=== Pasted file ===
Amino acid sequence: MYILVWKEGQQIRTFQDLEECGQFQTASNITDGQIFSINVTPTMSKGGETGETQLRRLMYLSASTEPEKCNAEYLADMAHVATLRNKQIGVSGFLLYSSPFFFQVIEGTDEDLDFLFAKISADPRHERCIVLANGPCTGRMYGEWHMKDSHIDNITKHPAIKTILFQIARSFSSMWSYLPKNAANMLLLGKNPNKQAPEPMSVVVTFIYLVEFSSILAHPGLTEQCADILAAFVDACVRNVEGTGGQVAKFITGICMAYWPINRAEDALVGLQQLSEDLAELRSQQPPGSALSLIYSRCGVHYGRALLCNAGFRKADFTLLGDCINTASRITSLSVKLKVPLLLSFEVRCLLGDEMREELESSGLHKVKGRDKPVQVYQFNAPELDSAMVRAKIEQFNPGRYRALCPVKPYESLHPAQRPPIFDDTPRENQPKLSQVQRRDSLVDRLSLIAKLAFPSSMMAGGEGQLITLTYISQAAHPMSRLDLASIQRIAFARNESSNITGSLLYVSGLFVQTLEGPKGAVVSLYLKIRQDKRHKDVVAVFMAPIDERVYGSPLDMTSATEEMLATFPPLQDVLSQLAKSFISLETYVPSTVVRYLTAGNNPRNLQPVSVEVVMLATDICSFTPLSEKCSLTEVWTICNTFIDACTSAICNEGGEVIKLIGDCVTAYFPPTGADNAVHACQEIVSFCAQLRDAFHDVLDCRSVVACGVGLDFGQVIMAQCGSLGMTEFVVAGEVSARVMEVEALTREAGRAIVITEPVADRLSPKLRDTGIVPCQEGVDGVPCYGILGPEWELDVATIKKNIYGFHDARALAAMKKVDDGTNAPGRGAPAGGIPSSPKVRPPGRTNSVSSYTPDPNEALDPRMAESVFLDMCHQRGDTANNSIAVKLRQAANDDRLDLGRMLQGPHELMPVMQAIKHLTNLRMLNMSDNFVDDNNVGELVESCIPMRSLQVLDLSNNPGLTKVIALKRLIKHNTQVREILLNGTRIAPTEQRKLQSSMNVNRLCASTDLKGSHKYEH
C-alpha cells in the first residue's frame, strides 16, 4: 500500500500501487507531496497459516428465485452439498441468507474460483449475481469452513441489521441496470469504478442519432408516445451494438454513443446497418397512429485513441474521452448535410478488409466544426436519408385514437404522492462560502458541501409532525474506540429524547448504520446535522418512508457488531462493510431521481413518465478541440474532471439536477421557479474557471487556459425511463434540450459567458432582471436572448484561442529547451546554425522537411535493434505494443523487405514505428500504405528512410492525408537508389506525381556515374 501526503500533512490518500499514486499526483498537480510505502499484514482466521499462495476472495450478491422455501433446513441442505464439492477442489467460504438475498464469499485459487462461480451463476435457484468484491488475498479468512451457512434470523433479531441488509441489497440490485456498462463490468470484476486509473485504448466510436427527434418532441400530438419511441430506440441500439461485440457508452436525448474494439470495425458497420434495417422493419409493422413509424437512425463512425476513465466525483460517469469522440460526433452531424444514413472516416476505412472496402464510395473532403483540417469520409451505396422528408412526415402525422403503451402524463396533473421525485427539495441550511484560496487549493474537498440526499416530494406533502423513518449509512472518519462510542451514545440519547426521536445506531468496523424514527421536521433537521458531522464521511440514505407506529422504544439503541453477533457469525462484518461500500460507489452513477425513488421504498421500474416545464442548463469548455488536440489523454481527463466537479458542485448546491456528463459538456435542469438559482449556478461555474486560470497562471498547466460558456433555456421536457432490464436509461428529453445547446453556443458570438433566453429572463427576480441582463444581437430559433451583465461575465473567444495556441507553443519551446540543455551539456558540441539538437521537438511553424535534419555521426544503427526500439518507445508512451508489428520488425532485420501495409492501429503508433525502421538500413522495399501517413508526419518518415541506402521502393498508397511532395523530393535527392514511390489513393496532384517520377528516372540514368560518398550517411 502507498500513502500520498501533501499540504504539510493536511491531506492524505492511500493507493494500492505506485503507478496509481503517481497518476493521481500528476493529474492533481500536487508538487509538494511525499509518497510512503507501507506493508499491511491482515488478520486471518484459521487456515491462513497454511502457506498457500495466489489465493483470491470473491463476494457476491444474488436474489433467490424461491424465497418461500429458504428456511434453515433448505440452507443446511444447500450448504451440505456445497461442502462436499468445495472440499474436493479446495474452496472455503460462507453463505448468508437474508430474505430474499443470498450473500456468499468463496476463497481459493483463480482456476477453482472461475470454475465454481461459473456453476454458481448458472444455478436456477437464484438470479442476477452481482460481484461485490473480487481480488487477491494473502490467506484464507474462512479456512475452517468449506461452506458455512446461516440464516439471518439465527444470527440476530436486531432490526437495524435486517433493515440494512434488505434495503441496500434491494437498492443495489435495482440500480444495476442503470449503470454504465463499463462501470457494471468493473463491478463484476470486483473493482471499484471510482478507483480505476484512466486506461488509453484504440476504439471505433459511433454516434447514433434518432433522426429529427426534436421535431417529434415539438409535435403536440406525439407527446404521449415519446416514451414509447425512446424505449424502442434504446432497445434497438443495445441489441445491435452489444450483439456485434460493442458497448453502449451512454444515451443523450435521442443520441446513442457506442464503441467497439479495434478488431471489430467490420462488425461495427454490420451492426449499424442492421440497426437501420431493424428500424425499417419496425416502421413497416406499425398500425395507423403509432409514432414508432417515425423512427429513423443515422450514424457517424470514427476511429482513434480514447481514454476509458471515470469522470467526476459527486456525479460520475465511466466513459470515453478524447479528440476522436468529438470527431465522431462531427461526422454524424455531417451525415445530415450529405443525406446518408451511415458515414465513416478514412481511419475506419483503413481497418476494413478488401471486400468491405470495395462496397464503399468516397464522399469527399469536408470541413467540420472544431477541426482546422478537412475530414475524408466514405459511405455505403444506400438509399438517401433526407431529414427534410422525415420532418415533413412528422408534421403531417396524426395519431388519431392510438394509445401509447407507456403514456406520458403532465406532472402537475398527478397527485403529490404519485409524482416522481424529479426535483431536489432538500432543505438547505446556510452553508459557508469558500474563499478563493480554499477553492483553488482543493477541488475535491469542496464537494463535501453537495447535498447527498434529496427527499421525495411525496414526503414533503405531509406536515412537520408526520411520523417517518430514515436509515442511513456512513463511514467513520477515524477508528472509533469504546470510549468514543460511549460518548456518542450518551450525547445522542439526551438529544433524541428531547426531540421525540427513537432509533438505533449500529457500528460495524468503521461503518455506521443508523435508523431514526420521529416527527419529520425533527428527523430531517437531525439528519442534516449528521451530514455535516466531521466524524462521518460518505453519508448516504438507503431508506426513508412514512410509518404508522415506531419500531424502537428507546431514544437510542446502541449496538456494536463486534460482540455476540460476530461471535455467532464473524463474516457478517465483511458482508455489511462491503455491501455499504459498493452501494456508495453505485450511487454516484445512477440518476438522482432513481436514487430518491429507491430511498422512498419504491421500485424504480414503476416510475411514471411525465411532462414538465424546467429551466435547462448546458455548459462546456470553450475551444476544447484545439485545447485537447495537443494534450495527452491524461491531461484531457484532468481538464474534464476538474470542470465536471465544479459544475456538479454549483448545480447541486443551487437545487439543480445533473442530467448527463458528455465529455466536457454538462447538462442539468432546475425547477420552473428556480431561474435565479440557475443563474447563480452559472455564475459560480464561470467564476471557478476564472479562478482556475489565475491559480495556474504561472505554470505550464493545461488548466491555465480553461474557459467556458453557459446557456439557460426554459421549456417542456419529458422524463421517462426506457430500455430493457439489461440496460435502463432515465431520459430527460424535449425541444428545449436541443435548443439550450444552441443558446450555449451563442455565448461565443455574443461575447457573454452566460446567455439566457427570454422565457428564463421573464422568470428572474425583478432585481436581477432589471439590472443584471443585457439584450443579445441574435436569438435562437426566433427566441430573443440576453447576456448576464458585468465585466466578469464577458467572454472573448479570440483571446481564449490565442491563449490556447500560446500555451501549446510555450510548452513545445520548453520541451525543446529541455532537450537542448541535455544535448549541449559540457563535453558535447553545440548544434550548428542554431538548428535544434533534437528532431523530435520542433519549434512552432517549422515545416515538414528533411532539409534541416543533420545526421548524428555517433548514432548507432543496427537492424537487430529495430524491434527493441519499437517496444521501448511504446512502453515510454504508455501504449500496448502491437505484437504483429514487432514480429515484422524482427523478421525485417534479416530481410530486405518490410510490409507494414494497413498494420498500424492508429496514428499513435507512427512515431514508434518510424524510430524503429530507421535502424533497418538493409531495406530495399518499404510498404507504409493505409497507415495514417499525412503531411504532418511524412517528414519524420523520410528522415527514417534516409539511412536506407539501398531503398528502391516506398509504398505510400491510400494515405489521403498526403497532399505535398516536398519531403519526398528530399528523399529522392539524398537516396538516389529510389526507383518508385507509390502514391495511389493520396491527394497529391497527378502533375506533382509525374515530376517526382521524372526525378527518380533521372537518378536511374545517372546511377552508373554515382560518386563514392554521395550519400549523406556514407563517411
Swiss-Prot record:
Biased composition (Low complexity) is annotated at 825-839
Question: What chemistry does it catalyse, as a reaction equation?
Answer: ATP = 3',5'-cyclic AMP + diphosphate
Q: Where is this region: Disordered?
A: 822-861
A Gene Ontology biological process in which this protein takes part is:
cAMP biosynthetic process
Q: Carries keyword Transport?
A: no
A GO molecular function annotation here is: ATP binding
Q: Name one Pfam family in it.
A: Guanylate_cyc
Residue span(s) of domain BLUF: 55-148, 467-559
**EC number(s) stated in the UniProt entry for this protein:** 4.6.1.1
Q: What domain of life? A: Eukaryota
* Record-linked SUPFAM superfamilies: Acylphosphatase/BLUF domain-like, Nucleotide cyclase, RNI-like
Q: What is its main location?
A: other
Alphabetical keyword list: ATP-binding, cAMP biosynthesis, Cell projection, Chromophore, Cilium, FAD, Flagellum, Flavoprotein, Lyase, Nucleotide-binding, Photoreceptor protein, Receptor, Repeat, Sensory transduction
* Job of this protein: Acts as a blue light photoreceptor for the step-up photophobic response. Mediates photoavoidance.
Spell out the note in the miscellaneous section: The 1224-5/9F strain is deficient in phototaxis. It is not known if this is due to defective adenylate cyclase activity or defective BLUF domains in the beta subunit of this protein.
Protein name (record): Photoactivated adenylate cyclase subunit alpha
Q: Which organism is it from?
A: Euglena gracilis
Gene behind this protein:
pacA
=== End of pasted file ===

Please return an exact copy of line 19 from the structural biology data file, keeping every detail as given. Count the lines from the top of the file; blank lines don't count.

* Record-linked SUPFAM superfamilies: Acylphosphatase/BLUF domain-like, Nucleotide cyclase, RNI-like